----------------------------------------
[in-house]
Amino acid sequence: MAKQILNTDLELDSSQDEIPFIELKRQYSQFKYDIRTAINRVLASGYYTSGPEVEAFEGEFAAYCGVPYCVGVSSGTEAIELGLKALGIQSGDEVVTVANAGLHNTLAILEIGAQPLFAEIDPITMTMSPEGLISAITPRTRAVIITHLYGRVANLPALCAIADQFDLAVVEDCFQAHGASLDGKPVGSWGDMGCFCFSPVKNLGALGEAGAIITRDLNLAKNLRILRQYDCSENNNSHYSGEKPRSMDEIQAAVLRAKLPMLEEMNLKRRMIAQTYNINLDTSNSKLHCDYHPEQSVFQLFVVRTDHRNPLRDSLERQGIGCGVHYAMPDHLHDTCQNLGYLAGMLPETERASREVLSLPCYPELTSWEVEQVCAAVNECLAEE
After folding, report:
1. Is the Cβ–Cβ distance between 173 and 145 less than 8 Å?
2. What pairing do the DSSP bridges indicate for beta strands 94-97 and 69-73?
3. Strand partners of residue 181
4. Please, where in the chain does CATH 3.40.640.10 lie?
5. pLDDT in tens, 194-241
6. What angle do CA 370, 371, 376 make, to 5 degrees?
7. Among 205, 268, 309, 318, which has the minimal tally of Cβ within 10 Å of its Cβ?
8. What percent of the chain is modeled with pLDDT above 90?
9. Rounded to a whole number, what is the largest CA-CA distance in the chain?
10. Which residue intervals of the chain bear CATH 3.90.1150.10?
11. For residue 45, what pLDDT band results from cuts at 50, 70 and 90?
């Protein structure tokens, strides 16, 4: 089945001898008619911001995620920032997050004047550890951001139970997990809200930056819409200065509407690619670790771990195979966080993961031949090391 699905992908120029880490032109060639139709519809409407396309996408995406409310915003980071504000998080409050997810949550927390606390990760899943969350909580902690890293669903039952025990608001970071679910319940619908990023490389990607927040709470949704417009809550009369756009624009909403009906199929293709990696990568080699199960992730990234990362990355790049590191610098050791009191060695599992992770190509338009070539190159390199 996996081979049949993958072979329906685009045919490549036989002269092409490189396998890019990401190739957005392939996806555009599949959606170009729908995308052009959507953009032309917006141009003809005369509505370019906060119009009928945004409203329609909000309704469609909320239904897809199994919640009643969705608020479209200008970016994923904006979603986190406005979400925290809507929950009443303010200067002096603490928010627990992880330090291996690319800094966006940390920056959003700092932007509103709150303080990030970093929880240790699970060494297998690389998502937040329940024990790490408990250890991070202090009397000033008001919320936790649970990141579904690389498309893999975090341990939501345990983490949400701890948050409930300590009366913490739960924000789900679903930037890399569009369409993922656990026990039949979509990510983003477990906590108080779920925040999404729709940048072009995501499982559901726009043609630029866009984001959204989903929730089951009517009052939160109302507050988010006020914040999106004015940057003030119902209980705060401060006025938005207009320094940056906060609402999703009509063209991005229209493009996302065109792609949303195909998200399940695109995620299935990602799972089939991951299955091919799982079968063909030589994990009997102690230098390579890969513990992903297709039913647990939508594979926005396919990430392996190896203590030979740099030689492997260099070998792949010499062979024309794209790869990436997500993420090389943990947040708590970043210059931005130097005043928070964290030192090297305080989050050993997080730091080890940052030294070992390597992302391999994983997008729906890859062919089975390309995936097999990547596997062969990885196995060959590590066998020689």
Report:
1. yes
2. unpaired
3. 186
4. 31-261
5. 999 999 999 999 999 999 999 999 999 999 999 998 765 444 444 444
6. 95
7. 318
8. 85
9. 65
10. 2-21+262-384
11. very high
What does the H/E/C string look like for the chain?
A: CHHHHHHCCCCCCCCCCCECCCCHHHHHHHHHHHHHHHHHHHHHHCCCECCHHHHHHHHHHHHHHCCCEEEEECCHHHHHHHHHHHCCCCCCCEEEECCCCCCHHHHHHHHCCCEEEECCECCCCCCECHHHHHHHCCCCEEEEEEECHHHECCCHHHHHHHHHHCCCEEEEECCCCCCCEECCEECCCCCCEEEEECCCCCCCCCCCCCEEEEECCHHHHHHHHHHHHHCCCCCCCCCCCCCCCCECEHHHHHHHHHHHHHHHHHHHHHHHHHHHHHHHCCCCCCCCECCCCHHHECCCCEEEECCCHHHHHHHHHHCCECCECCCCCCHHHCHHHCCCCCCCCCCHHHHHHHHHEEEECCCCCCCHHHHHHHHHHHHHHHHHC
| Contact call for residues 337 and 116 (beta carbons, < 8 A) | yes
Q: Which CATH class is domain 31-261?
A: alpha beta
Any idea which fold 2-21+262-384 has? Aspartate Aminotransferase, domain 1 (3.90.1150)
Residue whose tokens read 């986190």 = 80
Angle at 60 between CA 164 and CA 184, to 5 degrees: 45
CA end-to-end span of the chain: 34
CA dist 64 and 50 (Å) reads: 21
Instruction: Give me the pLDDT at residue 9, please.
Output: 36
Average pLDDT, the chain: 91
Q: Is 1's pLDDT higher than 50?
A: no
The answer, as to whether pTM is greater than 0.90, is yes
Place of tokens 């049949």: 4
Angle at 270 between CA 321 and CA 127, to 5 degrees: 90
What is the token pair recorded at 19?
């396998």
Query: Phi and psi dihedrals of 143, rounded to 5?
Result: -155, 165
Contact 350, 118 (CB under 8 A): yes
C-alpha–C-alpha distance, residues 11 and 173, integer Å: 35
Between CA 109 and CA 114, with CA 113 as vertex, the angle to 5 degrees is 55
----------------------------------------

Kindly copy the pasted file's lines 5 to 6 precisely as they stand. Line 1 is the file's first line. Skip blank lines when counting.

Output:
2. What pairing do the DSSP bridges indicate for beta strands 94-97 and 69-73?
3. Strand partners of residue 181